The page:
As a licensee would take a licence under a patent or other intellectual property right, your intellectual property strategy must be one that works for your licensee rather than you.  Your invention must be protected not just in the United Kingdom but in all the countries where the invention is likely to be sold as well as those in which it can be made. Unless you intend to grant an express licence to your licensee you will have to take proceedings against infringers and resist revocation applications in each and every one of those countries. That can be very expensive for a private inventor or small business.

Finally, do not expect your licensee's management to be particularly kind to you.  Their job is to look after their shareholders and not to look after you.  They are likely to drive a very hard bargain in the licensing negotiations. After the licence is granted they will construe it in a way that suits them. Once they have learned how to make your product and developed a market for it they may try to challenge clauses they don't like or seek reductions in the royalty or other payments. When negotiating the licence you should think about dispute resolution and choose a method and governing law that works for you.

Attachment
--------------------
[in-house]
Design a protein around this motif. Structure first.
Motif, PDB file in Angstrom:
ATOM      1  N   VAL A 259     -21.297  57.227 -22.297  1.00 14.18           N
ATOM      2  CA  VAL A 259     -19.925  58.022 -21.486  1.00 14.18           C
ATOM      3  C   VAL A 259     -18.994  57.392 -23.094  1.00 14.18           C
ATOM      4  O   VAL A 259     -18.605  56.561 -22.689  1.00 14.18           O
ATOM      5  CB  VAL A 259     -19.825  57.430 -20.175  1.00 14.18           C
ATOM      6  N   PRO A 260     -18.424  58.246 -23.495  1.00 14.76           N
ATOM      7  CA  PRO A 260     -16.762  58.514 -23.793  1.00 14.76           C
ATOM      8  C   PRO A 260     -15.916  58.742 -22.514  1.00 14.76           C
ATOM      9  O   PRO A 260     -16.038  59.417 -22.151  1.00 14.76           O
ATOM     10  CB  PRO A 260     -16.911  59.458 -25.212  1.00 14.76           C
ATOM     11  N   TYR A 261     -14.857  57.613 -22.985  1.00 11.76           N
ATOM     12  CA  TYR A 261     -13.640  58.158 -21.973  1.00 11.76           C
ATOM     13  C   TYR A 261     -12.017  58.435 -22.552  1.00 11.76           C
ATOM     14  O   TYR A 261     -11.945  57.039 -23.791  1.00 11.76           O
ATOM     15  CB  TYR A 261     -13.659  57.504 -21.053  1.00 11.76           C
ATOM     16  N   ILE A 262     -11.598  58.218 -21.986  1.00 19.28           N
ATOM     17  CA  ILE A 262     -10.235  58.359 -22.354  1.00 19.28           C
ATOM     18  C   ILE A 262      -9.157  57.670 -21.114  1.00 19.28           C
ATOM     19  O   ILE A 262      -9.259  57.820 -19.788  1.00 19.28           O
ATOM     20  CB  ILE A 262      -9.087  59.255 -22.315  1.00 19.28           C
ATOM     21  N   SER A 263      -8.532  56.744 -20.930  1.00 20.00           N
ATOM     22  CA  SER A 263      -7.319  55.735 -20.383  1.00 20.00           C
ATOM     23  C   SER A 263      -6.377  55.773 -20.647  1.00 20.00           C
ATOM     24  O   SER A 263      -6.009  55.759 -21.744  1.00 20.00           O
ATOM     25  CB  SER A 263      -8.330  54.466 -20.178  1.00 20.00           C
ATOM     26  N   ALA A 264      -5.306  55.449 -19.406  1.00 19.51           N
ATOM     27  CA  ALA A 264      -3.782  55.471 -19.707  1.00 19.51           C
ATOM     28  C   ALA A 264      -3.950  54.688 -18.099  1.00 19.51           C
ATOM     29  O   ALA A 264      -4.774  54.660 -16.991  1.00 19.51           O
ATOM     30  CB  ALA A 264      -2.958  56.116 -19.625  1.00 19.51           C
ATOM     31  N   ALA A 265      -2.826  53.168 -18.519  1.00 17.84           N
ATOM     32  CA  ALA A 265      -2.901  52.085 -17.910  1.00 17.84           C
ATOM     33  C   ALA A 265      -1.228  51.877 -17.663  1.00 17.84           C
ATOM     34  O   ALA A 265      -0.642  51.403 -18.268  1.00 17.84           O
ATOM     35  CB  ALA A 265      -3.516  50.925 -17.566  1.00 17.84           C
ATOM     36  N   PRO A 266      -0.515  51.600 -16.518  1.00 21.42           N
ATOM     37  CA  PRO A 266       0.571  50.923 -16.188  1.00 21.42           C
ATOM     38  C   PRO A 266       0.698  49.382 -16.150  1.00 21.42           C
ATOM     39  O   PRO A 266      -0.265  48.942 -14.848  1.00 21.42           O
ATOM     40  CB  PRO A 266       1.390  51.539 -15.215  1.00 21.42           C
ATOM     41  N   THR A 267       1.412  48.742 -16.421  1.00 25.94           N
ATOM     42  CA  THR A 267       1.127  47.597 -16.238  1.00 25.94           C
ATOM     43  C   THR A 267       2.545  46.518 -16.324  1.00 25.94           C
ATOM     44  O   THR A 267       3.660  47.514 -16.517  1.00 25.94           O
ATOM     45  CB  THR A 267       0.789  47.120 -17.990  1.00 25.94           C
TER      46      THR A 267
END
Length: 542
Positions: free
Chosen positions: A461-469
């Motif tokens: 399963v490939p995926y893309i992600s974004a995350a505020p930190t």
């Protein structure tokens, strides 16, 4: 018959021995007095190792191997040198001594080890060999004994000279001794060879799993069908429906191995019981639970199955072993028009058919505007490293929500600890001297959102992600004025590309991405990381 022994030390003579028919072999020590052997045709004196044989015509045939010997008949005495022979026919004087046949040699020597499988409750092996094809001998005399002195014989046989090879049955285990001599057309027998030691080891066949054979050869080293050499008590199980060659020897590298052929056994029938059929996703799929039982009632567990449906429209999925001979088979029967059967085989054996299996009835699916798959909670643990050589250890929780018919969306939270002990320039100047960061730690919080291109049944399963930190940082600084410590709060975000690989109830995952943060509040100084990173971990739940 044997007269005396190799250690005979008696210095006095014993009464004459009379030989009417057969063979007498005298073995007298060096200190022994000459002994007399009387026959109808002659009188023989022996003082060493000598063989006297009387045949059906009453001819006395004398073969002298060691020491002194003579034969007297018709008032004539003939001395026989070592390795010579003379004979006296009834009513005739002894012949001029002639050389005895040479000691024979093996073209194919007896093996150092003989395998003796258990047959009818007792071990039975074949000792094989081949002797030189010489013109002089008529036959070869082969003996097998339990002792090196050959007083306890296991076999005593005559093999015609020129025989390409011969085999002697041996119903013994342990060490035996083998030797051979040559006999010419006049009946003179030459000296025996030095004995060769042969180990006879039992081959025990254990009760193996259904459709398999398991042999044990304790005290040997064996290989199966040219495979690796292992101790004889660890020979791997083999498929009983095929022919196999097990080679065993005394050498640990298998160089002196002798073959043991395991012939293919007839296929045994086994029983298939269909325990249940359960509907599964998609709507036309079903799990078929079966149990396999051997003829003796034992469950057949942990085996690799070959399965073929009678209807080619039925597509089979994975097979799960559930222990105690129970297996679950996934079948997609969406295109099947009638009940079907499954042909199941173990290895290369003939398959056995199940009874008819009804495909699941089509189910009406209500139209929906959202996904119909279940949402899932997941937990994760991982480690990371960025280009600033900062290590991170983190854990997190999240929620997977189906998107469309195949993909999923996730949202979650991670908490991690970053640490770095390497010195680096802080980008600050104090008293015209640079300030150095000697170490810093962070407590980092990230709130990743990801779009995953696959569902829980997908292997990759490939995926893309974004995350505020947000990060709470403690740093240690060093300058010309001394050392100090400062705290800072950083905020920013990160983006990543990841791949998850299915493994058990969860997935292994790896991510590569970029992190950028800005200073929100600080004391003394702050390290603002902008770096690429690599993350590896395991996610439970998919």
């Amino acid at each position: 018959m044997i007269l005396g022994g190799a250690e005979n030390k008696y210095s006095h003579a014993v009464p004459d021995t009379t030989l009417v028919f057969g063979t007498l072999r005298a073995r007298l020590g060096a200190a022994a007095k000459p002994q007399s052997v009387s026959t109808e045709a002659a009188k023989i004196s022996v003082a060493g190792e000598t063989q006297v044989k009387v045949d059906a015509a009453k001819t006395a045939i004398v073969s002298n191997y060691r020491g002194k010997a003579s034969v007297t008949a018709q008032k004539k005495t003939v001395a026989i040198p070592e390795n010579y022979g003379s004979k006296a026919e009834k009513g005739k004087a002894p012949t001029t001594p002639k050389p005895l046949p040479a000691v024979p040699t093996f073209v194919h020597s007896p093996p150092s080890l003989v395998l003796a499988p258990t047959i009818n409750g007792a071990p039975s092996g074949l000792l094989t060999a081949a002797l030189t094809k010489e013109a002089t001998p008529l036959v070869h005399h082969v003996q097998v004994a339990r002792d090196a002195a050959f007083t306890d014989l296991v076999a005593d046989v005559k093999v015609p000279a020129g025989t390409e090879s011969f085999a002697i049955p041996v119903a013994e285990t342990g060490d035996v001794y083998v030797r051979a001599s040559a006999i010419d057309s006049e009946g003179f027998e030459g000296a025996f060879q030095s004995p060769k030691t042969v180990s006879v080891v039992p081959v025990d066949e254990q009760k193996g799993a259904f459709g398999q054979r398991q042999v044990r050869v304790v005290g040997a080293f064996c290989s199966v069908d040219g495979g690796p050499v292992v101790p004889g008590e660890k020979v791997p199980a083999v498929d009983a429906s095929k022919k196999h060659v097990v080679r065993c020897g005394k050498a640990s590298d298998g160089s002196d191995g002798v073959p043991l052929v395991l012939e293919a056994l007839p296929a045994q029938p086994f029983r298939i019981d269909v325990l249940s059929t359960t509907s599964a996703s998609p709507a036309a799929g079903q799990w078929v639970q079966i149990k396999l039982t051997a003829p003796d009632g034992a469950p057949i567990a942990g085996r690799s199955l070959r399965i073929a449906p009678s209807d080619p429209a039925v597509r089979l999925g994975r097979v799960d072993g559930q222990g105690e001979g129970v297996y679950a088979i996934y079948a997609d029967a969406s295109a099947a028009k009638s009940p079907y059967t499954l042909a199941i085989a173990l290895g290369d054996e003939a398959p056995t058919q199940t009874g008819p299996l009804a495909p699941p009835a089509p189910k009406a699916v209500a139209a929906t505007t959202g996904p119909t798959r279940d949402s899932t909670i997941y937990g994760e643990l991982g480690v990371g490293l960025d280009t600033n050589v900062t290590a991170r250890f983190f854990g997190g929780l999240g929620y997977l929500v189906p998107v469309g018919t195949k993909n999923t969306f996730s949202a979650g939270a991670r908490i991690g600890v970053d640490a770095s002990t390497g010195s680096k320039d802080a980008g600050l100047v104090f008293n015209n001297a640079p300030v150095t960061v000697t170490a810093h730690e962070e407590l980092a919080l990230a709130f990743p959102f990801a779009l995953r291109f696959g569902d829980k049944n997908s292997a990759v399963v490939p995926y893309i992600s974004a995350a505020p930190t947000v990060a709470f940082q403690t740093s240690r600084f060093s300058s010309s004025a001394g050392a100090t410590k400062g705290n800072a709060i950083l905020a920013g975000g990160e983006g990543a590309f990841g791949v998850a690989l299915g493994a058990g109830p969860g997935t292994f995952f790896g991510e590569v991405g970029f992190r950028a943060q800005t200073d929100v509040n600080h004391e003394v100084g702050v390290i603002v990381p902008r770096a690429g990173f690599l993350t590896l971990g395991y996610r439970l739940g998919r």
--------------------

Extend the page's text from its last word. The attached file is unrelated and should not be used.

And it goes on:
In negotiating your licensing agreement you are likely to need the services of a patent strategist who could be a lawyer with experience of licensing or a patent or trade mark attorney, an accountant with expertise in licensing and tax incentives for new technologies as well as a patent attorney.  Should you wish to discuss this article further, call me on +44 (0)20 7404 5252 during office hours or send me a message through my contact form.

13 September 2017

How to make Money from your Invention

Jane Lambert

So you've invented something. Congratulations!  That was the easy bit.  Your challenge is to make money from your invention without losing your shirt, your home, your marriage or even your mental health. I am not being flippant.  In all the years that I have been practising law, I have known far more inventors whose lives have been ruined by their inventions than those who have become rich from them.

The reason why bad things happen to inventors is that they allow themselves to become obsessed with their inventions. Obsession clouds judgment which leads to bad deals and bad decisions.  Often there is only so much that an inventor's spouse or partner can stand. That is what leads to family breakdowns. Money and relationship problems can lead to depression or worse.

In many cases, those misfortunes could have been avoided by seeking good advice at an early stage. Now intellectual property advice can be expensive but it does not have to be. There is a lot of good advice on the internet for free.  One of the best sources of advice is the Inventors Handbook on the European Patent Office website.

The opening words of the Handbook are as follows: